The neighbourhood of Triana is on the western side of Seville and is spread over two of the city’s eleven administrative districts. Its name comes from the old traditional neighbourhood situated close to the Guadalquivir River. On its southern edge, Triana borders onto the district of Los Remedios and on its northern side, with the municipality of Santiponce.
The Isabel II Bridge links the district to the city centre. Legend has it that the goddess Astarte, on her flight from the unwanted amorous attentions of Hercules (the mythological founder of Seville), came to find refuge on the western bank of the Guadalquivir and there she founded Triana.
This neighbourhood has some of Seville’s most important historic buildings, such as the convent of Las Mínimas (built in 1755 by the Order of Minims of Saint Francis of Paula); the Casa de los Mensaque (a museum exhibiting a collection of great 20th-century ceramic art); the Torre Sevilla; and the Paseo de Nuestra Señora de la O, an urban riverside path along the Guadalquivir that is perfect for taking a long stroll and visiting the area.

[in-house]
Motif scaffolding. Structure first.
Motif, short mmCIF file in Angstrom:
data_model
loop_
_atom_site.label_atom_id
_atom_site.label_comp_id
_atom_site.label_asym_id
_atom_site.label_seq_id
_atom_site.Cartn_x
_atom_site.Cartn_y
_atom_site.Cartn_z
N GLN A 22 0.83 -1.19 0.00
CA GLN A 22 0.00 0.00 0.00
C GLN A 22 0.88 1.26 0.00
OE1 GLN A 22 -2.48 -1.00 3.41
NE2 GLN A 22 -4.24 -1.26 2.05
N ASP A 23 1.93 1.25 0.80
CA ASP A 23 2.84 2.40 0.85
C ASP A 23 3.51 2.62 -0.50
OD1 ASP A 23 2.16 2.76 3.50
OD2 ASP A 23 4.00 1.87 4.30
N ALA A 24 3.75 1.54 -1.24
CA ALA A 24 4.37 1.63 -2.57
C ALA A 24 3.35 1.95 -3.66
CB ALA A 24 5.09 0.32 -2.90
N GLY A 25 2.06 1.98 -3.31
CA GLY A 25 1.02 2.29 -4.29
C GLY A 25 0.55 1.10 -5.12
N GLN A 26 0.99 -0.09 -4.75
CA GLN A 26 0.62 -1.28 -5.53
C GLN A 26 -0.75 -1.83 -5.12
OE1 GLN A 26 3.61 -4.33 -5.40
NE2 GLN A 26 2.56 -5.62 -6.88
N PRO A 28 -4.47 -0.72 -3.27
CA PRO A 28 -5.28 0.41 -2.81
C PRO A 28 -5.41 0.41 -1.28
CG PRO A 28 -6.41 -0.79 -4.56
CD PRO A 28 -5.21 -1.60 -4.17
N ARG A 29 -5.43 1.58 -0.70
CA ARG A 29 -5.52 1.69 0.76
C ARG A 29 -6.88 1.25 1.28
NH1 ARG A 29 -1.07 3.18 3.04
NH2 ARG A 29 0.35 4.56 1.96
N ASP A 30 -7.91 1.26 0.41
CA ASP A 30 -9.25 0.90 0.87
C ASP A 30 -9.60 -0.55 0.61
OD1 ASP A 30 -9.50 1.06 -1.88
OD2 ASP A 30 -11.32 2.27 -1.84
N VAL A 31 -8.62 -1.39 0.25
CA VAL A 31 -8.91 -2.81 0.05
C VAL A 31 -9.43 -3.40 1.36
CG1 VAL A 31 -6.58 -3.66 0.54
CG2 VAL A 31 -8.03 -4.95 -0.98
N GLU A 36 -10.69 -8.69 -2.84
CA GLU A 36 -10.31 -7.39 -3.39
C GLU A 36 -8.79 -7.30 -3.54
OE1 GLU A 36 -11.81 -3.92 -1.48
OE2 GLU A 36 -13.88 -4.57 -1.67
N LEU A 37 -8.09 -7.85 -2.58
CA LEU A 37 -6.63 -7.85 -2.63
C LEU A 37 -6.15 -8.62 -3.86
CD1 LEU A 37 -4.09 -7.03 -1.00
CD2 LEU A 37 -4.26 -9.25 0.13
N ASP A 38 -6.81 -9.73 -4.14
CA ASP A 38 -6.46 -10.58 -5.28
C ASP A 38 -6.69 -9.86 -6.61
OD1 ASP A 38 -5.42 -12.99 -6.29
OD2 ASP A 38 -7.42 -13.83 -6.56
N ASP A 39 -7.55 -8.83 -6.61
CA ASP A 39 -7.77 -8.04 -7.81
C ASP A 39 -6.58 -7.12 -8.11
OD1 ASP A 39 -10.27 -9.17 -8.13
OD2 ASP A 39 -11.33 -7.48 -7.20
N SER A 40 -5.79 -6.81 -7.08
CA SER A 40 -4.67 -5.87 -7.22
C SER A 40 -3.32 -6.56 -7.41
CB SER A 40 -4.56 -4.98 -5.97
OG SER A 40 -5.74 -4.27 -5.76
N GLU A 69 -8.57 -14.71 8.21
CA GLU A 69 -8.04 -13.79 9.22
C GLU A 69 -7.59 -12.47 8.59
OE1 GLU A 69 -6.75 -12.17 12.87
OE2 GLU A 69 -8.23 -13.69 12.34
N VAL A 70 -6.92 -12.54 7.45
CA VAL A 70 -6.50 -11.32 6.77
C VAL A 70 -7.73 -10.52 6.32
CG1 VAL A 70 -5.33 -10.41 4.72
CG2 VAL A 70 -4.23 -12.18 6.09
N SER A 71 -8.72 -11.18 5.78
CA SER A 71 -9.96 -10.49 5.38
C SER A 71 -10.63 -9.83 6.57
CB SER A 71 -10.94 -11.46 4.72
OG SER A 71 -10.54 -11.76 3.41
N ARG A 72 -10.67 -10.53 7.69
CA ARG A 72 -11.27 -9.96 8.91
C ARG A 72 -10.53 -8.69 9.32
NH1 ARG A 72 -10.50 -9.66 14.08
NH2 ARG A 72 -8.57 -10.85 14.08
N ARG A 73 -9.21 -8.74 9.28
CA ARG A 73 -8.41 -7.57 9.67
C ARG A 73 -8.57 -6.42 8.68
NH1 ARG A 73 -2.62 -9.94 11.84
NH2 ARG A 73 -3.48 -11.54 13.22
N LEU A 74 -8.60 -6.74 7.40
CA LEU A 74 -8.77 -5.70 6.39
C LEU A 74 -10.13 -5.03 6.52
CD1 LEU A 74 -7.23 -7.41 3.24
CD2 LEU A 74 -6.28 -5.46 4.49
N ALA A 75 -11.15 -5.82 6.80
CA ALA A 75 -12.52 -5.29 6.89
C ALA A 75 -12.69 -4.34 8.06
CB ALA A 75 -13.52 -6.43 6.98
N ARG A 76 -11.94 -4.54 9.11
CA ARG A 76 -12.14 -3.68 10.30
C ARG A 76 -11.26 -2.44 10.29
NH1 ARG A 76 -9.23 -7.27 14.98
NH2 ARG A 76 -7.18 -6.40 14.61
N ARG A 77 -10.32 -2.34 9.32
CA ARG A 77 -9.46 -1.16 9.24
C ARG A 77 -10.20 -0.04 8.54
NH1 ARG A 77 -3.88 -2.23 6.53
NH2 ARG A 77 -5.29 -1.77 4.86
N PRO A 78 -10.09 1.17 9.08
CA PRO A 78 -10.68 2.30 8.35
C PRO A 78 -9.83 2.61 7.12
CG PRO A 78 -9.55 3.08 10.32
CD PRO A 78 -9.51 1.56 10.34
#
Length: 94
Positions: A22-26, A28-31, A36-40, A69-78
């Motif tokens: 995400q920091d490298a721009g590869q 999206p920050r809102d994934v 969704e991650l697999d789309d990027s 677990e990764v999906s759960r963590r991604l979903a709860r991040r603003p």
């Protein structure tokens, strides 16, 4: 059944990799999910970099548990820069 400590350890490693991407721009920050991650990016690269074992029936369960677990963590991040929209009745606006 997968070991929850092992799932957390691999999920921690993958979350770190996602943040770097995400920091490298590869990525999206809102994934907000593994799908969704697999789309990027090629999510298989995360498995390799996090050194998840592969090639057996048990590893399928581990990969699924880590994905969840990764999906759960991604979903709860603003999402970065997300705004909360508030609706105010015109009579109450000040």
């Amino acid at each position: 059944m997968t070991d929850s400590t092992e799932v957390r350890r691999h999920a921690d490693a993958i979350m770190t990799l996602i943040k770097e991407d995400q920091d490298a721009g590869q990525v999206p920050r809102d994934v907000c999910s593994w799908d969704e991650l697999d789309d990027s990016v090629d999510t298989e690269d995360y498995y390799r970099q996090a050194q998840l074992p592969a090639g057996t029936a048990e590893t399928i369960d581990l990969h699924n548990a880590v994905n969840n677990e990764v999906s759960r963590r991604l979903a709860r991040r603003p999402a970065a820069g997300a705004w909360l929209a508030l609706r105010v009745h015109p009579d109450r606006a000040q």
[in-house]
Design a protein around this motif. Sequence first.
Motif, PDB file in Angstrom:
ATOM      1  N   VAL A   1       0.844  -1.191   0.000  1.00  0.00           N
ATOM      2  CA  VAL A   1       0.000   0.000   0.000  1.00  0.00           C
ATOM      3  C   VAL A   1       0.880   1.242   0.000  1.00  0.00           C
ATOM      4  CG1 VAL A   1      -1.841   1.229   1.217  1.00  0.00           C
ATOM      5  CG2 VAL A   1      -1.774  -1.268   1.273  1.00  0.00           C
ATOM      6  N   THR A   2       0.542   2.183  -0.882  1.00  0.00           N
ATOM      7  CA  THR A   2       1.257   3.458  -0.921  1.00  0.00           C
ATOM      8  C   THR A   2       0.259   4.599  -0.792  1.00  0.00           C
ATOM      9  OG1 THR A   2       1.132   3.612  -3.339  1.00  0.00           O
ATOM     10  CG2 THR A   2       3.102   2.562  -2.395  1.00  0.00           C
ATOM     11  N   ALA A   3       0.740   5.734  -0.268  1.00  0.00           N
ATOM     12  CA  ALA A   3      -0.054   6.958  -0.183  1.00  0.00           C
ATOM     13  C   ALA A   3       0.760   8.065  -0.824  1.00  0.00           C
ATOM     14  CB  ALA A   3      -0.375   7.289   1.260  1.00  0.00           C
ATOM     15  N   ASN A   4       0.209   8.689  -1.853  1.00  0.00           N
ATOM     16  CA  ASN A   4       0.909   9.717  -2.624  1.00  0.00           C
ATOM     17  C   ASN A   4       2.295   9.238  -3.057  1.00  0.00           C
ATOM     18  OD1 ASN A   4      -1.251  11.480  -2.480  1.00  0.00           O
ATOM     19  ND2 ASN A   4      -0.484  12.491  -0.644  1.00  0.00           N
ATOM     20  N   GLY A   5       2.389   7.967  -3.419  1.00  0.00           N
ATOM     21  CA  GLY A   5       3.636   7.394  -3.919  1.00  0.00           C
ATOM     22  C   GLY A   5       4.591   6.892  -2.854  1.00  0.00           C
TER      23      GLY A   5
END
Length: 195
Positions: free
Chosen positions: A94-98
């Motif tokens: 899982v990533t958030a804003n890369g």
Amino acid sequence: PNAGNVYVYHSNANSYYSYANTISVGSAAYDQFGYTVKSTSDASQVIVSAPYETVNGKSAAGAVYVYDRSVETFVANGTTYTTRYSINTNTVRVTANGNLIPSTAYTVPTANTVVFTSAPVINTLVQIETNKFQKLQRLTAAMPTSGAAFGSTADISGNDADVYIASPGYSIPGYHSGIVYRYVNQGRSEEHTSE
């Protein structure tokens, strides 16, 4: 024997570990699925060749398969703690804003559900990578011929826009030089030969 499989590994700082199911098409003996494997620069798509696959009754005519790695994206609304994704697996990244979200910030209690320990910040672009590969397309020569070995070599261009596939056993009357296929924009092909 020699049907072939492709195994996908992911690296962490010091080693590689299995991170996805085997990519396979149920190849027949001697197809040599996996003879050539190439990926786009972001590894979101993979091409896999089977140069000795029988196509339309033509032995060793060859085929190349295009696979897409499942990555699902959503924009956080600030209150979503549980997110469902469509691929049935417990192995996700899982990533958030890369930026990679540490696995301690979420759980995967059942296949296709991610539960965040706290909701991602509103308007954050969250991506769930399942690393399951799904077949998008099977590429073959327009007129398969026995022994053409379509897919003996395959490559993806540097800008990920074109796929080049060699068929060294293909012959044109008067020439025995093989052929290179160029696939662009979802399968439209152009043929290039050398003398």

The area includes a large section that is in stark contrast to the rest of the neighbourhood. It stands on the site of an old 16th-century neighbourhood, known as Portugalete, that was once one of the most important in the city. In Triana you’ll also find Plaza del Altozano, a wonderful square where you can enjoy all the restaurants and bars.
If you want to visit different parts of Triana, the best option is to drive, as you’ll easily find somewhere to park. You’ll find our closest car park to Triana at Torre Sevilla, number 2 Calle Inca Garcilaso, which is also close to the Monastery of La Cartuja.